Post Bop 2014
TOMASZ STAŃKO December Avenue album cover 4.00 | 1 ratings
December Avenue
Post-Fusion Contemporary 2017


TOMASZ STAŃKO live albums

TOMASZ STAŃKO Music for K (aka From Poland With Jazz) album cover 0.00 | 0 ratings
Music for K (aka From Poland With Jazz)
Avant-Garde Jazz 1970
TOMASZ STAŃKO Jazzmessage From Poland album cover 0.00 | 0 ratings
Jazzmessage From Poland
Avant-Garde Jazz 1972
TOMASZ STAŃKO Twet album cover 3.50 | 1 ratings
Avant-Garde Jazz 1974
TOMASZ STAŃKO Tomasz Stanko - Edward Vesala Quartet ‎: Live At Remont album cover 0.00 | 0 ratings
Tomasz Stanko - Edward Vesala Quartet ‎: Live At Remont
Avant-Garde Jazz 1978
TOMASZ STAŃKO W Pałacu Prymasowskim album cover 0.00 | 0 ratings
W Pałacu Prymasowskim
Avant-Garde Jazz 1983
TOMASZ STAŃKO A i J album cover 0.00 | 0 ratings
A i J
Avant-Garde Jazz 1985
TOMASZ STAŃKO Freelectronic: The Montreux Performance (aka Switzerland) album cover 0.00 | 0 ratings
Freelectronic: The Montreux Performance (aka Switzerland)
Fusion 1987
TOMASZ STAŃKO Tomasz Stanko, Manfred Bründl, Michael Riessler ‎: Suite Talk (aka Too Pee) album cover 0.00 | 0 ratings
Tomasz Stanko, Manfred Bründl, Michael Riessler ‎: Suite Talk (aka Too Pee)
Post-Fusion Contemporary 1993
TOMASZ STAŃKO Wisława Szymborska/Tomasz Stańko : Here album cover 0.00 | 0 ratings
Wisława Szymborska/Tomasz Stańko : Here
Post-Fusion Contemporary 2012

TOMASZ STAŃKO demos, promos, fans club and other releases (no bootlegs)

TOMASZ STAŃKO Biały kruk czarnego krążka (aka Fish Face) album cover 0.00 | 0 ratings
Biały kruk czarnego krążka (aka Fish Face)
Avant-Garde Jazz 1973

TOMASZ STAŃKO re-issues & compilations

TOMASZ STAŃKO Selected Recordings (:rarum – XVII) album cover 0.00 | 0 ratings
Selected Recordings (:rarum – XVII)
Avant-Garde Jazz 2004
TOMASZ STAŃKO 1970-1975-1984-1986-1988 album cover 0.00 | 0 ratings
Post Bop 2008
TOMASZ STAŃKO Freelectronic In Montreux + Too Pee album cover 0.00 | 0 ratings
Freelectronic In Montreux + Too Pee
Fusion 2018

TOMASZ STAŃKO singles (0)

TOMASZ STAŃKO movies (DVD, Blu-Ray or VHS)


TOMASZ STAŃKO Tomasz Stańko Quintet : Dark Eyes

Album · 2009 · Post-Fusion Contemporary
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Steve Wyzard

Inevitably, this album will be compared to Stanko's three preceding albums for ECM, Soul of Things (2002), Suspended Night (2004), and Lontano (2006). The Polish quartet has been replaced with a Scandinavian quintet, and while the Stanko trumpet sound remains the same and there are some similar tonal textures, Dark Eyes is also something very different. Most significantly, the addition of electric guitar and electric bass produce a fuller, more modern, even urban soundscape. Where some will recognize a natural progression from the experimental Lontano, surely others will lament the loss of the classic quartet atmosphere. Dark Eyes is a shorter album (61:44) than the quartet albums, and with a variety of moods takes some time to come to grips with. This is definitely not an avant-garde side-street, but it's also not an accessible "start here" recording.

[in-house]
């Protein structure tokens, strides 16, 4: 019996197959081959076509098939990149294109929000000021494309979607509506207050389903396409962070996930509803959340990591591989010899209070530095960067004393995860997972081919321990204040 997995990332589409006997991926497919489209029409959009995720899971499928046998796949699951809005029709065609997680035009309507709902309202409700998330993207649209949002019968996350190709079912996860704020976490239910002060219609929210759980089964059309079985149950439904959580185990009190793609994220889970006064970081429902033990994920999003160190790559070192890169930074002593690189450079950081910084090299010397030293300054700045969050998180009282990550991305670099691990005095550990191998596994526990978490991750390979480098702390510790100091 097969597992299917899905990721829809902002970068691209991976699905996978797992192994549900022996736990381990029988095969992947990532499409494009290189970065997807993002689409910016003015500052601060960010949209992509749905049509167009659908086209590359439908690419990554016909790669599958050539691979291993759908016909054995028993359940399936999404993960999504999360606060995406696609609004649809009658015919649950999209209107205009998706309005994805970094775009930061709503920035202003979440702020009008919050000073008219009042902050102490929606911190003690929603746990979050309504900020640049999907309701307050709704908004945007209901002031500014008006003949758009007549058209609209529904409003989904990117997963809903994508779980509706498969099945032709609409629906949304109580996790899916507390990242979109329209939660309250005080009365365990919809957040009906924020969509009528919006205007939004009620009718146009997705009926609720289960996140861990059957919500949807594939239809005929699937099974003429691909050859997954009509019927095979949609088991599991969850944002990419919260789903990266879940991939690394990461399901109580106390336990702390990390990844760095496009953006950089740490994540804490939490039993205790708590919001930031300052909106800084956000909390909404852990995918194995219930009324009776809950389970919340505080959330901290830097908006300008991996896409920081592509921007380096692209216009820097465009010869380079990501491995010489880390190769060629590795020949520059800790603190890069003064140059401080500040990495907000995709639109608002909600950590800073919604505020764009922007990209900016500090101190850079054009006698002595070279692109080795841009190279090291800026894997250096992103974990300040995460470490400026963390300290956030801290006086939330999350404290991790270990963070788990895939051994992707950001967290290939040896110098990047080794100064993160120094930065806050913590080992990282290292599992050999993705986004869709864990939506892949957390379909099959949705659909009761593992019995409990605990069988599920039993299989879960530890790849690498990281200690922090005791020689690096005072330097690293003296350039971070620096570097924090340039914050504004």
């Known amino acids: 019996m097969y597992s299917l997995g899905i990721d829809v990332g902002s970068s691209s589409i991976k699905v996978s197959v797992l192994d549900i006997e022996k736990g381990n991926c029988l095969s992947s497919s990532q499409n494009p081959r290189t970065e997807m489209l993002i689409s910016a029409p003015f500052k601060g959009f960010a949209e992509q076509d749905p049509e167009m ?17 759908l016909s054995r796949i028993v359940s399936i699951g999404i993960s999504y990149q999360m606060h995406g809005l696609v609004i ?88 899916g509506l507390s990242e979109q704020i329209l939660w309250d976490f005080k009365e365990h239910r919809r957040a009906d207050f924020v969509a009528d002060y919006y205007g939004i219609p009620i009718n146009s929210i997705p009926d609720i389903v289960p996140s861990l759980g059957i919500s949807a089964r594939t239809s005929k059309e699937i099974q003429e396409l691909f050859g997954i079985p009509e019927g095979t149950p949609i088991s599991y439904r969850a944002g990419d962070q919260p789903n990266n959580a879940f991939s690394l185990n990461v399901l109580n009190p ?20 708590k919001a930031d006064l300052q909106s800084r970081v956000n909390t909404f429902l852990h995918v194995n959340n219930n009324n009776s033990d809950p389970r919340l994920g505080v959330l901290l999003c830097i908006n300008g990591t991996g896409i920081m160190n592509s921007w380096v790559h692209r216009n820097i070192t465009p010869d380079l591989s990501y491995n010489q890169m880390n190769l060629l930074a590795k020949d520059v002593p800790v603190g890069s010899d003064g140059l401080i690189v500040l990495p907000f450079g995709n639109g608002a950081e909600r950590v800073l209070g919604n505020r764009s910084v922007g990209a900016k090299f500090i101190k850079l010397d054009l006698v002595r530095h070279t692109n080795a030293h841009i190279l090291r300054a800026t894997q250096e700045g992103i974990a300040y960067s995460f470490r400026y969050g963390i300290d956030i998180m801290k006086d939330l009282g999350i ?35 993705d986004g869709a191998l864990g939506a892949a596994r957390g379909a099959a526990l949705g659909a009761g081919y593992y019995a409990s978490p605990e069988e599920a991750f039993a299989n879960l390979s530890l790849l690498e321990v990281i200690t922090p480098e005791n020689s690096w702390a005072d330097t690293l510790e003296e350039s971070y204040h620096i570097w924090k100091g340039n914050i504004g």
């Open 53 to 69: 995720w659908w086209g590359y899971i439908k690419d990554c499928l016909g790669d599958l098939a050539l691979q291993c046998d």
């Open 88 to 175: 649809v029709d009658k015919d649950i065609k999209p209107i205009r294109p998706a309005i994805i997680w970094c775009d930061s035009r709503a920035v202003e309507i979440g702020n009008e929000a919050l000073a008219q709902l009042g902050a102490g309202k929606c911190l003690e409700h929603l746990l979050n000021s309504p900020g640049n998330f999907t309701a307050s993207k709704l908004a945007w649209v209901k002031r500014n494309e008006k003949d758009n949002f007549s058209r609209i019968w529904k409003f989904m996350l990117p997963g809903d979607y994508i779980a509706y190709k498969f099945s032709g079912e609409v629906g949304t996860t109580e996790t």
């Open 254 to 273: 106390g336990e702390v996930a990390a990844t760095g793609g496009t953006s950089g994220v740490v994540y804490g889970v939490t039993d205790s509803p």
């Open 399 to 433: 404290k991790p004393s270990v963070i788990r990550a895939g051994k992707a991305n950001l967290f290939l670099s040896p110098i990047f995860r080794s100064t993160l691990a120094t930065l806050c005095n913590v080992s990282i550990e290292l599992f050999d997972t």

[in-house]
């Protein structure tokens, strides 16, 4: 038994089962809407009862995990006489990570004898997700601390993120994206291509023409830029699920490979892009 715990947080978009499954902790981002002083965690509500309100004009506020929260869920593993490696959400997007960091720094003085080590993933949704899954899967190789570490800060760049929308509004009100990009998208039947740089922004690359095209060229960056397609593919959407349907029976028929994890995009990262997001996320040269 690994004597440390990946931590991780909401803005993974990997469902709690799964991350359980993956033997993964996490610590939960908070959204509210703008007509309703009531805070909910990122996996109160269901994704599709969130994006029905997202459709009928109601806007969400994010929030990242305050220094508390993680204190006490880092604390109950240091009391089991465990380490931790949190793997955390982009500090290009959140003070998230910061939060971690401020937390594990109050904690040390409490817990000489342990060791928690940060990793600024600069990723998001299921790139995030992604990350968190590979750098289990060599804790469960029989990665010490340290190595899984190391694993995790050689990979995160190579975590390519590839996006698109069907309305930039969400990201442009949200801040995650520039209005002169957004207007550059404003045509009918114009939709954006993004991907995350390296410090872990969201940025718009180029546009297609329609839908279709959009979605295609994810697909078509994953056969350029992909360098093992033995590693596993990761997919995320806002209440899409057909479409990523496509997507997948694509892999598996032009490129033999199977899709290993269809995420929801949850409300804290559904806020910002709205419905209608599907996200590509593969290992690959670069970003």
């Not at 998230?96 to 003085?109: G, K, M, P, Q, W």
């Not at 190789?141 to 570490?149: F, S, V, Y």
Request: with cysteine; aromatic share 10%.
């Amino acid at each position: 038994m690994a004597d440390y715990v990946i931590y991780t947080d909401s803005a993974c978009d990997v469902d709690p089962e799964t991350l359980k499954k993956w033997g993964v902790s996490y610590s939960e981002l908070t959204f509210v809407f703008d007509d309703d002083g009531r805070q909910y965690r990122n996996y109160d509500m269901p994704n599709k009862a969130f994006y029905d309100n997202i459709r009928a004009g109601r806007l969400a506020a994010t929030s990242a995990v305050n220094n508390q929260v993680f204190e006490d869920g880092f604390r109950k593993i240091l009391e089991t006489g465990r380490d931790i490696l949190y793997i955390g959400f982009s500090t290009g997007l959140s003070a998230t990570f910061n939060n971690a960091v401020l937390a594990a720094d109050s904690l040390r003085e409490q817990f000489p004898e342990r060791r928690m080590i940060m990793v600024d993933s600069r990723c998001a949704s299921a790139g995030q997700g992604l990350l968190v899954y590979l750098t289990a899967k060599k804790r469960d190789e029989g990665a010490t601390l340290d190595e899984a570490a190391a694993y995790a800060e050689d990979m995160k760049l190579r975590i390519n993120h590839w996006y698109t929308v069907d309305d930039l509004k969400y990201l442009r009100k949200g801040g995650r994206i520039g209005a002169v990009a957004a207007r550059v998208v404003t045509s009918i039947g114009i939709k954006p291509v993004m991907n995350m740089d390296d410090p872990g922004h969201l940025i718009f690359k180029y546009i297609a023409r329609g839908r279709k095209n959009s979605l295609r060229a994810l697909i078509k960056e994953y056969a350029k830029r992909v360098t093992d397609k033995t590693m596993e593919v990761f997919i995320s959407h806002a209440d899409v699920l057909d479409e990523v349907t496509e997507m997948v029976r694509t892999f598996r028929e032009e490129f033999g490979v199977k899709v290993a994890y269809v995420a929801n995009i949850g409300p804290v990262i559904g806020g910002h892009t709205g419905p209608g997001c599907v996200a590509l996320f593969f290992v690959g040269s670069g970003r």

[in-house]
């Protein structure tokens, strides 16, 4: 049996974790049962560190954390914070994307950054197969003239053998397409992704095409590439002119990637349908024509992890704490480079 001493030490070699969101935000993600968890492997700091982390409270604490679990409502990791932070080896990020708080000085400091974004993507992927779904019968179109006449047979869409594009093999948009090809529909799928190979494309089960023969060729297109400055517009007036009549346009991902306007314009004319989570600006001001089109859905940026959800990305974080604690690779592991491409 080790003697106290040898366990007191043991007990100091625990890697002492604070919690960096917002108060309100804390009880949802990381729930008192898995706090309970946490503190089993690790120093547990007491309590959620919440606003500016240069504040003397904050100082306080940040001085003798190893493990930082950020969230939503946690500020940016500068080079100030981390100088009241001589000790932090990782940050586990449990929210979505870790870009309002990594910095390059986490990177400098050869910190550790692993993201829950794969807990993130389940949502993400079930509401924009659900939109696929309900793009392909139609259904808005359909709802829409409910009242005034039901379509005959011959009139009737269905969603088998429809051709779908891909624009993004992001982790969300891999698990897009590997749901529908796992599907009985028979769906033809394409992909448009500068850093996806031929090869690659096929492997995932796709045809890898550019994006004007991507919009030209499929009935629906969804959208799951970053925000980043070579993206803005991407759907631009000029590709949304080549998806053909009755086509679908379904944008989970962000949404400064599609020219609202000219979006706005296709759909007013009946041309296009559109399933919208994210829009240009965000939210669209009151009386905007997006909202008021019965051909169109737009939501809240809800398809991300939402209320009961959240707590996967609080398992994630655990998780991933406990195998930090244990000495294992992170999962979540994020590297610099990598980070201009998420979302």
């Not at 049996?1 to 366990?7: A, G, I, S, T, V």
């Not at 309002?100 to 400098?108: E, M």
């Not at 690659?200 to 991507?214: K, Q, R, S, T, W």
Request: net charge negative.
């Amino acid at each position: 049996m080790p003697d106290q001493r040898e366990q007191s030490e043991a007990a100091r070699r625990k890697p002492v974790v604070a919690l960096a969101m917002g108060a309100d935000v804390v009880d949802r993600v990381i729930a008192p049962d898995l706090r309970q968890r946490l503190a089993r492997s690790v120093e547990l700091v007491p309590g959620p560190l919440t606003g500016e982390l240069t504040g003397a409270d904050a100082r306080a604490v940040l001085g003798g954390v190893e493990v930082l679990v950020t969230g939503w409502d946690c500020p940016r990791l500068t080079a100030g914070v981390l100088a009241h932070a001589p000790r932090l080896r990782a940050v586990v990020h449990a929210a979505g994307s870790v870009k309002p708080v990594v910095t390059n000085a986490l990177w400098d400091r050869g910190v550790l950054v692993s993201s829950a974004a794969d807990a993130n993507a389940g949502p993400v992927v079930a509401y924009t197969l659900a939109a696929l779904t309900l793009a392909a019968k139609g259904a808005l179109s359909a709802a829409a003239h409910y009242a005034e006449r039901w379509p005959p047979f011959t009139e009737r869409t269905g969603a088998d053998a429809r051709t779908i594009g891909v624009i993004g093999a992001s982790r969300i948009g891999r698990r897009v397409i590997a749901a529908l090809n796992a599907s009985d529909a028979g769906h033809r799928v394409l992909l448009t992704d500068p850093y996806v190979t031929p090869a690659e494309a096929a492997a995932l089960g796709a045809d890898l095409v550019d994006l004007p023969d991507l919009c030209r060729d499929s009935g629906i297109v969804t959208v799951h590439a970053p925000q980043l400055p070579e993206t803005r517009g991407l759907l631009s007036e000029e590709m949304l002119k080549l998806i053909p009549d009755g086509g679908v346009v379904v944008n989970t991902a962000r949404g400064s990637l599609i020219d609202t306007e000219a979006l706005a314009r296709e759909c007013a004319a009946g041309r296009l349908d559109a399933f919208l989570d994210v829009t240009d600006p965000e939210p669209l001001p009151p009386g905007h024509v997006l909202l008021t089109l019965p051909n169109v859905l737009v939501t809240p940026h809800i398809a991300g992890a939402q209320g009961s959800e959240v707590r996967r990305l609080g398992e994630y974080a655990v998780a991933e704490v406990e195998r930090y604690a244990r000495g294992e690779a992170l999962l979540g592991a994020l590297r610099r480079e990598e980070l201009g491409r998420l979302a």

The album begins with the pace-setting, scratchy-toned "So Nice". It's unusual, after the three piano/bass/drums albums, to hear a guitar backing Stanko. Dark Eyes was my introduction to guitarist Jakob Bro, and he plays moodily and unobtrusively throughout. The thunderous drumming of Olavi Louhivuori and the rumbling bass of Anders Christensen are the highlights of "Terminal 7". Many of the songs begin hesitantly, such as "Amsterdam Avenue", "Samba Nova", and "Grand Central", which stops completely before resuming. Pianist Alexi Tuomarila takes his best solos on these three. The album closes with a call-back to 1976's Balladyna album, "Last Song", and the poignant "Etude Baletova No.3".

Special mention must be made of the following stand-outs: "The Dark Eyes of Martha Hirsch" is this album's instant classic, beginning as a dirge before Stanko launches into his wildest solo on the album. Over tolling piano chords and splashing cymbals, Stanko wails and Bro plays an airy solo on "Dirge for Europe". The ethereal "May Sun" does without Stanko entirely: a simple piece for guitar and piano, reminiscent of a Chick Corea "Children's Song".